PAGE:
I am glad that the hon. Gentleman recognises that we have already taken action on business rates—I think it has been warmly welcomed by those people directly affected. We will take the necessary action and we will keep the situation under review. We have given an explicit commitment to doing whatever is necessary to ensure that we all move forward together as quickly as possible through this economic downturn. All those issues that he has raised will be carefully examined—this is a moving brief.
Major job losses in Wales, such as those at Corus, understandably make the headlines, but the Minister must know that the consequential impact on small businesses can be just as catastrophic, if not more so, for families and individuals. Can he explain why, despite all his summits, he and the Welsh Assembly Government are not helping businesses more directly by bringing in our proposals, such as those for a six-month VAT holiday, a cut in corporation tax and a cut in payroll taxes for companies with fewer than five employees?
Forgive me for smiling, but it is important for Labour Members, at least, to recognise that a tremendous effort has been made. The Wales Office recently published a document that itemises all the efforts that have been made and all the initiatives that have been taken by the central Government, in co-operation with the Wales Office, and by the Welsh Assembly Government. I would be more than delighted to ensure that the hon. Lady has a copy, so that she is able to avail herself of all the information that it contains. It clearly sets out the umpteen initiatives that have been taken, which have been well appreciated and, most importantly, are having a direct positive effect to help businesses in these difficult times.
I am not smiling, and I happen to have had a copy of that list, for which I am very grateful. Forgive me if I am sceptical about the Minister’s warm words, his summits and his lists. How can businesses rely on a Labour-Plaid Welsh Assembly Government who during this dreadful recession have taken decisions to cut further education budgets that would retrain workers; to hand back to Europe, because of their own bad planning, £77 million of aid for the poorest regions; and to inflict an above-inflation rise of almost 5 per cent. on business rates from April this year? The Minister may be smiling but business in Wales is not. How will such moves help small businesses or, indeed, any business in Wales?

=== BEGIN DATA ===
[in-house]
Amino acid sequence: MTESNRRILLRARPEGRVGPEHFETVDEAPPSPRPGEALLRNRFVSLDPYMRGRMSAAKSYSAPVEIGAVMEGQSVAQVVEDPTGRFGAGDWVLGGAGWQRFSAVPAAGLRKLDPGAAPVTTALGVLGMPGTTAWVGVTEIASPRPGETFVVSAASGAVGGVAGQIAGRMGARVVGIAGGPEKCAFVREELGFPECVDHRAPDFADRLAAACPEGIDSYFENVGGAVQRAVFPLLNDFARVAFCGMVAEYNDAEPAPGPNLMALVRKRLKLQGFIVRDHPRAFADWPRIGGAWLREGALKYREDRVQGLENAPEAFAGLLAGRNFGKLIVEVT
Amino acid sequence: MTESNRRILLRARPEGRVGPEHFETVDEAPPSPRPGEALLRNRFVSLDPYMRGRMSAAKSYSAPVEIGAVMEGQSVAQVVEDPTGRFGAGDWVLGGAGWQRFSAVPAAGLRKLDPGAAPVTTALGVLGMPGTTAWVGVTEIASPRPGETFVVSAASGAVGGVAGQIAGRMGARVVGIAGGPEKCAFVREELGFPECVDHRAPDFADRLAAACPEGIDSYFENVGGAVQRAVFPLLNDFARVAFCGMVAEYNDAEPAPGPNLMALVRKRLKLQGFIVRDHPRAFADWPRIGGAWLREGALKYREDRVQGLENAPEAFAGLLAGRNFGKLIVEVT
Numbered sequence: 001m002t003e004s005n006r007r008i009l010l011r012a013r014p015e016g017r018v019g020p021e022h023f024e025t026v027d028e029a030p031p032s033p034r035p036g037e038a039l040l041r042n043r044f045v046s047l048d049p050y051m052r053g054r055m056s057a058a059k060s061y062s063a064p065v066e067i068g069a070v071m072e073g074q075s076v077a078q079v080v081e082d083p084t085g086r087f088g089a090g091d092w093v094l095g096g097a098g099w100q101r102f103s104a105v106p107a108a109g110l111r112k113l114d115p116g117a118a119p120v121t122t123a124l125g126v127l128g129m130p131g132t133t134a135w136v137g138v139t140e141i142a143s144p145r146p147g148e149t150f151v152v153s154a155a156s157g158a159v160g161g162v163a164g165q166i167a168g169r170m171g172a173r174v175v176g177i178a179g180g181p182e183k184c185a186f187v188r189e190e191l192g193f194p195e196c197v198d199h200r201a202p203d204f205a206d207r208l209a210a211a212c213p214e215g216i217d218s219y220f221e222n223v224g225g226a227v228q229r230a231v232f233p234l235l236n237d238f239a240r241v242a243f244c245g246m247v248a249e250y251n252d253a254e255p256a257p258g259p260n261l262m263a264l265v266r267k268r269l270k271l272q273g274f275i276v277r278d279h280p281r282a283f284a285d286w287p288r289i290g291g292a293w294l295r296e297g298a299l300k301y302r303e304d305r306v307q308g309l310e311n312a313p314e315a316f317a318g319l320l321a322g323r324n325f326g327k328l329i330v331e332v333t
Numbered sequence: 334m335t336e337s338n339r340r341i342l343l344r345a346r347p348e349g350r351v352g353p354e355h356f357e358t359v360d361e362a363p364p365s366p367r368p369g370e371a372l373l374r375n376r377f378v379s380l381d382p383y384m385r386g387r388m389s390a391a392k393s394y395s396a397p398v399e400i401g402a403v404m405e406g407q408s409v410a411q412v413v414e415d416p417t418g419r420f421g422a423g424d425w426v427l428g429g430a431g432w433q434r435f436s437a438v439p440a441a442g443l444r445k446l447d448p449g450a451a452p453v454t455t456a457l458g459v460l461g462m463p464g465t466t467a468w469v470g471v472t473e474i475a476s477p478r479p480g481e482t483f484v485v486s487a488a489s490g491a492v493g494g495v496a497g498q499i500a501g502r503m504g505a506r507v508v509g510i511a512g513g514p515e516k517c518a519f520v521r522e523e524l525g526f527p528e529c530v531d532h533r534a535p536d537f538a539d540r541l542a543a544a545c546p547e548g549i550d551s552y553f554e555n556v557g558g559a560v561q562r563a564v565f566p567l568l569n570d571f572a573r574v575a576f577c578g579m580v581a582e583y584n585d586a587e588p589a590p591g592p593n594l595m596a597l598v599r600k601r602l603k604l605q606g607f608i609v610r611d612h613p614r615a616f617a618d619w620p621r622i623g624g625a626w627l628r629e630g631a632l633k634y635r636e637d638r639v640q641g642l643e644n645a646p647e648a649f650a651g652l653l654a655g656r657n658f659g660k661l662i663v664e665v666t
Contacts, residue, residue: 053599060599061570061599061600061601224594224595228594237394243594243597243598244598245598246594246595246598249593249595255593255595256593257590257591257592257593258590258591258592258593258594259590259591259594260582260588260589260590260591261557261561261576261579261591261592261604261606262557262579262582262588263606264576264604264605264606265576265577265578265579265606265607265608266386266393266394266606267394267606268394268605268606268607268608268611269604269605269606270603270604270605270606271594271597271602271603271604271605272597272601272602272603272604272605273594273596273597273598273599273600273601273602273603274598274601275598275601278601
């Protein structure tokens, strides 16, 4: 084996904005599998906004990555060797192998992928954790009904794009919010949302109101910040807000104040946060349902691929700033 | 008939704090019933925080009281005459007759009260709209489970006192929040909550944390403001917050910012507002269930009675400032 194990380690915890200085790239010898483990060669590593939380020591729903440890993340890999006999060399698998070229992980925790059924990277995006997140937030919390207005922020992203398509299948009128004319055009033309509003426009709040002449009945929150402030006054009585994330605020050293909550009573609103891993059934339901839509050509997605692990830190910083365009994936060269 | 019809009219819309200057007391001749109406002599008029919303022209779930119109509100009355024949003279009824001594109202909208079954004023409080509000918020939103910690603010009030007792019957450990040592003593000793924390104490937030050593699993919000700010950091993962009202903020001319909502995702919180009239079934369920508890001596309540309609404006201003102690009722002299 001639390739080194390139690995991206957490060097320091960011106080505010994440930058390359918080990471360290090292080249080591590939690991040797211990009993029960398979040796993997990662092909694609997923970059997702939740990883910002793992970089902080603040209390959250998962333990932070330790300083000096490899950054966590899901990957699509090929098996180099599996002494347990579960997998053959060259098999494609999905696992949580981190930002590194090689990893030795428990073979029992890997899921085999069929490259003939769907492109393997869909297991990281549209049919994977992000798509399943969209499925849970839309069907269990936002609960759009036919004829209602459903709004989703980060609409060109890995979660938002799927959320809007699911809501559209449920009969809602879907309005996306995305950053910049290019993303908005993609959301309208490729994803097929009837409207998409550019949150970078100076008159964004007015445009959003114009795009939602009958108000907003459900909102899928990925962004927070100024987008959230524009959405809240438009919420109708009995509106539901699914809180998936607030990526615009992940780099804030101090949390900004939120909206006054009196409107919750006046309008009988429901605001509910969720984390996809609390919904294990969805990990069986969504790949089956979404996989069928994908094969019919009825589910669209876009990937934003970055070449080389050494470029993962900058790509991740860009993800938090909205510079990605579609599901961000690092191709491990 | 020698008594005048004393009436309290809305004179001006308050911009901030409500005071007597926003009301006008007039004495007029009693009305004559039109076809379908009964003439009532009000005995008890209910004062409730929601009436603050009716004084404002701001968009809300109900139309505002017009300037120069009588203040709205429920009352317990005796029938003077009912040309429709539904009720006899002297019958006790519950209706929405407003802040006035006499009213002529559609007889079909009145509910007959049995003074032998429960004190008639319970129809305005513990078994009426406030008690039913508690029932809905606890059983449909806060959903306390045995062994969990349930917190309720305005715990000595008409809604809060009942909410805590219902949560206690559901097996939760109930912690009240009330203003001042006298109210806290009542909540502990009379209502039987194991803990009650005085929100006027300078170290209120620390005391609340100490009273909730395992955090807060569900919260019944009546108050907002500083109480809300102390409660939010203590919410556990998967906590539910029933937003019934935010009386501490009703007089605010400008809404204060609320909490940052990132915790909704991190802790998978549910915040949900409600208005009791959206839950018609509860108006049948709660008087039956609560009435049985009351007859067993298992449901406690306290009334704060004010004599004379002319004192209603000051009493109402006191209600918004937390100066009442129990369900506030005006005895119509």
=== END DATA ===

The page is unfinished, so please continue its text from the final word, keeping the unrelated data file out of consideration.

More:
The hon. Lady’s jokes are in bad taste and her mock humour is inappropriate. Over the past few months we have seen a strong partnership between the Welsh Assembly Government and central Government. European funds have been effectively accessed as far as the ProAct and ReAct schemes are concerned. Those programmes are in place and they have had a direct effect.
The hon. Lady might not like it, but the Welsh Assembly Government have led the way in helping small and medium-sized enterprises. Europe is playing a critical role and the best action that the Welsh Assembly Government could do is to reinforce that partnership with the European Union to ensure that money comes through the structural funds and through the European Investment Bank. The single most important thing that the hon. Lady could do is listen to her shadow Business Secretary on VAT, for example. He recognises the importance of the VAT reduction and the importance of Europe. It is a pity that the rest of his colleagues do not do the same.